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30-06 As A Varmint Caliber?

Discussion in 'Hunting, Fishing & Camping' started by CCF, Mar 17, 2006.

  1. CCF

    CCF

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    Loaded with some kind of a light-grained bullet, can the 30-06 be used effectively on varmints (coyotes, in particular)?
     
  2. charlisity

    charlisity is full of it

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    I know somebody that does exactly that for a farmer in Ketttleman City, California. He uses 100 grain solids for the coyotes. They aren't those two piece bullets that seperate after leaving the barrel. They are normal bullets, just light, solid and small.
    He doesn't keep the pelt though, too much damage. If you want to keep the pelt, get a good centerfire .17 or maybe a .204.
     

  3. mpol777

    mpol777 Feral Member

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    I second that. Actually I'll 3rd and 4th it just to keep the ball rolling.

    Would you shoot a deer with a .50 BMG?

    The light grain .308 bullets and the sabot loads are for guys with too much time on their hands and enjoy trying to fit a square peg in a round hole. Even in ADC I use an appropriate tool for the job.

    If you're looking to join the 'red mist' crowd and just head out and blow up critters, I suggest starting with politicians.
     
  4. noway

    noway

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    ditto for what the above posted. Much better options exists for varmint size critters than what a 30-06 offers.
     
  5. CCF

    CCF

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    Noted. I'm learning & really just wanted to know the capability of the .30-06. I'm pretty sure what it can do on the other end of the spectrum (bigger game). I guess you can load it down fairly small, but I'm assuming accuracy suffers, etc. Thanks, guys. :thumbsup:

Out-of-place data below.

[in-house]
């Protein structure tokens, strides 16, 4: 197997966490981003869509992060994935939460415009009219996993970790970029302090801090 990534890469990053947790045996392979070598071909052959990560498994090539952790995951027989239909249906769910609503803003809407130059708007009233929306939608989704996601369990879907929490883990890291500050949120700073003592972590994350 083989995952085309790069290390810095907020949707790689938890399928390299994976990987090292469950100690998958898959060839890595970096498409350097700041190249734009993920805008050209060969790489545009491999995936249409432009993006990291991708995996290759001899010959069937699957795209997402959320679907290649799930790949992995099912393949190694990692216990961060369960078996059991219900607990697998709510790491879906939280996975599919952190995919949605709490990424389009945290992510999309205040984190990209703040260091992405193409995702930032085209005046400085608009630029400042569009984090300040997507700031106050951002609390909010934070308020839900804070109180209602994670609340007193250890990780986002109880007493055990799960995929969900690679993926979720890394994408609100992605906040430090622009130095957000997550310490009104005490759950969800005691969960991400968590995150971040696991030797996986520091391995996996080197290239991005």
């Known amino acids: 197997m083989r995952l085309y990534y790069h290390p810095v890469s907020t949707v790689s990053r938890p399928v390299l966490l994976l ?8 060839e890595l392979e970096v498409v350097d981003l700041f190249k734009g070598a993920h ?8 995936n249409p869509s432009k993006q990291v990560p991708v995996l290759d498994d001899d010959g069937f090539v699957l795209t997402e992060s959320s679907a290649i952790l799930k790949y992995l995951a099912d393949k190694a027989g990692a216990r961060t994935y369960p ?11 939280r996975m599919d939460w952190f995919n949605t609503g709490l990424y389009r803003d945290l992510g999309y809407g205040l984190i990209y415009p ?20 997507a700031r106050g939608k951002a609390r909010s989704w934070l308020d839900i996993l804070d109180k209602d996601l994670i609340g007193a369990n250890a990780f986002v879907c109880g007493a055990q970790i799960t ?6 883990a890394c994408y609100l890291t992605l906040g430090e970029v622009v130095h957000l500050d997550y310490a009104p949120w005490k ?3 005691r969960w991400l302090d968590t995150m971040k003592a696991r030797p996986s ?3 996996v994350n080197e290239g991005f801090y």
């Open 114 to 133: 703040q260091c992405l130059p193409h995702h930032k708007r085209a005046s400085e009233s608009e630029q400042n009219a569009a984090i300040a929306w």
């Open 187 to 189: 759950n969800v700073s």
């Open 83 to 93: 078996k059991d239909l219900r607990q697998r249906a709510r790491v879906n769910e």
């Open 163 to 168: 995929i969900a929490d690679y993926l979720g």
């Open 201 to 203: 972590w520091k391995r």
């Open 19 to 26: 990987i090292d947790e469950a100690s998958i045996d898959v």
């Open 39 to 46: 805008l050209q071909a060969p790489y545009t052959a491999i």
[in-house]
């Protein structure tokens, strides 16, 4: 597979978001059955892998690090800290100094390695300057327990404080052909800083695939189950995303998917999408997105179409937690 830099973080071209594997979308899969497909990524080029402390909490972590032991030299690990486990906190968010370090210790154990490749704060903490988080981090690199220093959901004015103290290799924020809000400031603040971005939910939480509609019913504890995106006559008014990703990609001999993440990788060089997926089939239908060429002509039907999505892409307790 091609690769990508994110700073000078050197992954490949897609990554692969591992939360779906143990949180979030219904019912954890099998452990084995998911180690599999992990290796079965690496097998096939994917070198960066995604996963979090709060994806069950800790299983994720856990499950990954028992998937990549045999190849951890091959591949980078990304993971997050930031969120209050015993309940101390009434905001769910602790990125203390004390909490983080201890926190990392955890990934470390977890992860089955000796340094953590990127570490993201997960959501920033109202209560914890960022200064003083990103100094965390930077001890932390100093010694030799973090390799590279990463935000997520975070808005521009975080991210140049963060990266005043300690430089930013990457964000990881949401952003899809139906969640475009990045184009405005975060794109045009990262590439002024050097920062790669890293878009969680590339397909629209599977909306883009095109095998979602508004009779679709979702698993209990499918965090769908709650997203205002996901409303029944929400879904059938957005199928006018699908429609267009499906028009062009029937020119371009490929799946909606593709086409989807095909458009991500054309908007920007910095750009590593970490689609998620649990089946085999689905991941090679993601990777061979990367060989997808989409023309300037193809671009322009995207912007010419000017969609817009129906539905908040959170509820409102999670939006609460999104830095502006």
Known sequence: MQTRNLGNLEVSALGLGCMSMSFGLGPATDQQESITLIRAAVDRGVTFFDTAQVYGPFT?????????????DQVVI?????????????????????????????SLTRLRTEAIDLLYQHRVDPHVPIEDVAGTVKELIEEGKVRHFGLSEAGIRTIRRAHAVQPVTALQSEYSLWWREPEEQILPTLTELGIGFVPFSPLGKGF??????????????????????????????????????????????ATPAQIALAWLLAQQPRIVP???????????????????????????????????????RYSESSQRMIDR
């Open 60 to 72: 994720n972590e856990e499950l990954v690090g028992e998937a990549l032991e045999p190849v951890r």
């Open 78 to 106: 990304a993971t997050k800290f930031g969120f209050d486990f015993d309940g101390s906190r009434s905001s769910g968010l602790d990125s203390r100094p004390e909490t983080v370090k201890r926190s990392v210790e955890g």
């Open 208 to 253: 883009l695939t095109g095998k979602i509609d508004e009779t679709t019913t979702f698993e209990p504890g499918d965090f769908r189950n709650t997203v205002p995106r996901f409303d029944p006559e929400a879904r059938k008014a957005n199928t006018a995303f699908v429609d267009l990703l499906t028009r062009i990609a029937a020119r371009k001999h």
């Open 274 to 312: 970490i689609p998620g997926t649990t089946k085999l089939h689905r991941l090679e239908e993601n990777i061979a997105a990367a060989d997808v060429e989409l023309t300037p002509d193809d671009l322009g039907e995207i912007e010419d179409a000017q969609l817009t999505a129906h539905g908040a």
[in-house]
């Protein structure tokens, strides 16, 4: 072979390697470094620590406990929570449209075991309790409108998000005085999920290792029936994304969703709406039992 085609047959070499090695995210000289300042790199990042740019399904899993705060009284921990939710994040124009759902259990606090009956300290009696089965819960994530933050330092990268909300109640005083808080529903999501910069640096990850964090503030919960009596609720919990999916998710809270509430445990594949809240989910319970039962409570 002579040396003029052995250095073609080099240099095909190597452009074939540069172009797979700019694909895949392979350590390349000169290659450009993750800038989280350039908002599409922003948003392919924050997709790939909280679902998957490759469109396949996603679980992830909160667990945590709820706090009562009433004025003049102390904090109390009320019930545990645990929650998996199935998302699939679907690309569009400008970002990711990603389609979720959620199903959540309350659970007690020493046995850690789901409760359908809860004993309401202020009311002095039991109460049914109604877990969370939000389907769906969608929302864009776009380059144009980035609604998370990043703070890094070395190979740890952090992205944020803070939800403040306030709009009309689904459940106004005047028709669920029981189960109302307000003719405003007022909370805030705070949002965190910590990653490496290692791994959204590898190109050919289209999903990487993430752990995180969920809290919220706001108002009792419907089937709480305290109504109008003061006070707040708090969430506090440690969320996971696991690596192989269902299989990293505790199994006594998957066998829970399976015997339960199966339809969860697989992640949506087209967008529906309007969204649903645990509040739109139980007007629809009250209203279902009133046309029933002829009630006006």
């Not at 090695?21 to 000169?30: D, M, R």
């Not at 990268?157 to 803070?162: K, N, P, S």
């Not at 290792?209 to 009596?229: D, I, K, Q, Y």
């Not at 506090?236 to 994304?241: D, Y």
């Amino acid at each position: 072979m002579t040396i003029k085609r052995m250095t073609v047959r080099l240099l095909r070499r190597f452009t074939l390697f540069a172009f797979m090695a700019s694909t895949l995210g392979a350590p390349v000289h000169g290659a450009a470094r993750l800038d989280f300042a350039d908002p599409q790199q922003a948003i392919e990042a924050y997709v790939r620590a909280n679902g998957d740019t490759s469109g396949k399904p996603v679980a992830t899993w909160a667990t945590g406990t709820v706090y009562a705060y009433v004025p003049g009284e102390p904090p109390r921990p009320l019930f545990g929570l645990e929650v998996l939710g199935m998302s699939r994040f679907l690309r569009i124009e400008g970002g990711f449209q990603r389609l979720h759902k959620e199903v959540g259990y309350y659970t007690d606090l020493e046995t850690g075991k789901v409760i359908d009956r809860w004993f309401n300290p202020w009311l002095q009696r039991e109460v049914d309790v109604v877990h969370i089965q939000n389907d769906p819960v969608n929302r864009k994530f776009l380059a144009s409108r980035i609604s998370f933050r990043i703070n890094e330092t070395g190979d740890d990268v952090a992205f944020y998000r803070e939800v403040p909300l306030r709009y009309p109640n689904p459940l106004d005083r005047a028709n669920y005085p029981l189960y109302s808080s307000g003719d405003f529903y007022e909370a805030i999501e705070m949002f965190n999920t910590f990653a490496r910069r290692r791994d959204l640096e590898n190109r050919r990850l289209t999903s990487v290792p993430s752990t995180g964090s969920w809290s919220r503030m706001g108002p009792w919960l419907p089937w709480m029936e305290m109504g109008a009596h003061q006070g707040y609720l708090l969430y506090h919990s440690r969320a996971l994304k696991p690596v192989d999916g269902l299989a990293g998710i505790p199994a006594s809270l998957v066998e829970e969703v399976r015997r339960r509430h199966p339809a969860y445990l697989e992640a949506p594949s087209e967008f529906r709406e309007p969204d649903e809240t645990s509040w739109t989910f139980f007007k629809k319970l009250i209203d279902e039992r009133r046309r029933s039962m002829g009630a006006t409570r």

6. charlisity

    charlisity is full of it

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    I don't think his accuracy suffers any. He works the plains and calls them in from far away. I've seen him rip the heart out of coyotes from 250-300 yards. That's a small area to be hitting consistently.
     
  7. Short Cut

    Short Cut PatrioticMember CLM

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    Sure it will work it's just not the ideal tool for the job. Never used a .30 caliber on a 'yote, although I have used a .270. It worked, but again was more than needed. Another neat caliber that's a bit more versatile, imho, than high speed 20 and 22s is a .243. Loaded light for varmints and heavier for deer and antelope sized game.
     
  8. CCF

    CCF

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    Interesting. As far as the pelts, is the smaller caliber better only because you can use a lighter-grain bullet?
     
  9. mpol777

    mpol777 Feral Member

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    Mass, velocity and bullet design are what determines a good fur chambering.

    I can toss a 25gr Berger Match @ 3850fps into a coyote and have no noticable entrance and no exit. Do the same thing with a Hornady V-max of the same weight and you'll get an entrance splash most likely.

    Subsiquently I can take a 45gr Sierra SP or Nosler Solid base and poke a .22 hole entrance and nickel sized exit out on a coyote with a .22 hornet or .22 k-hornet. The same bullet out of a .223 or .22-250 will explode much more and leave big holes.

    Coyotes are actually pretty forgiving compared to bobcats and fox. If you're marginal on coyotes you'll most likely tear the other two in half.
     
  10. thetoastmaster

    thetoastmaster NOT a sheepdog!

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    Jack O'Connor talked about light loading the '06 in his book The Hunting Rifle, I think it was called. I can't remember if they were 100 or 125 grain bullets he mentioned. He was describing the versatility of the cartridge. Excellent book, very old-timey. I lost my copy the last time I moved.
     
  11. charlisity

    charlisity is full of it

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    Harvesting the pelt requires keeping the damage to a minimum. The bigger the bullet, the harder it gets to do this. As we've read, the smaller bullets make this almost an easy thing to do:

    "I can toss a 25gr Berger Match @ 3850fps into a coyote and have no noticable entrance and no exit. "

    Those 250-300 yard shots aren't really necessary for coyotes anyway so the need for wind bucking bullet mass is not a major concern. Good camo, positioning and the wind will let you walk them in close.

    Were you going to start hunting them or are you just curious about your rifles versatiliy?
     
  12. CCF

    CCF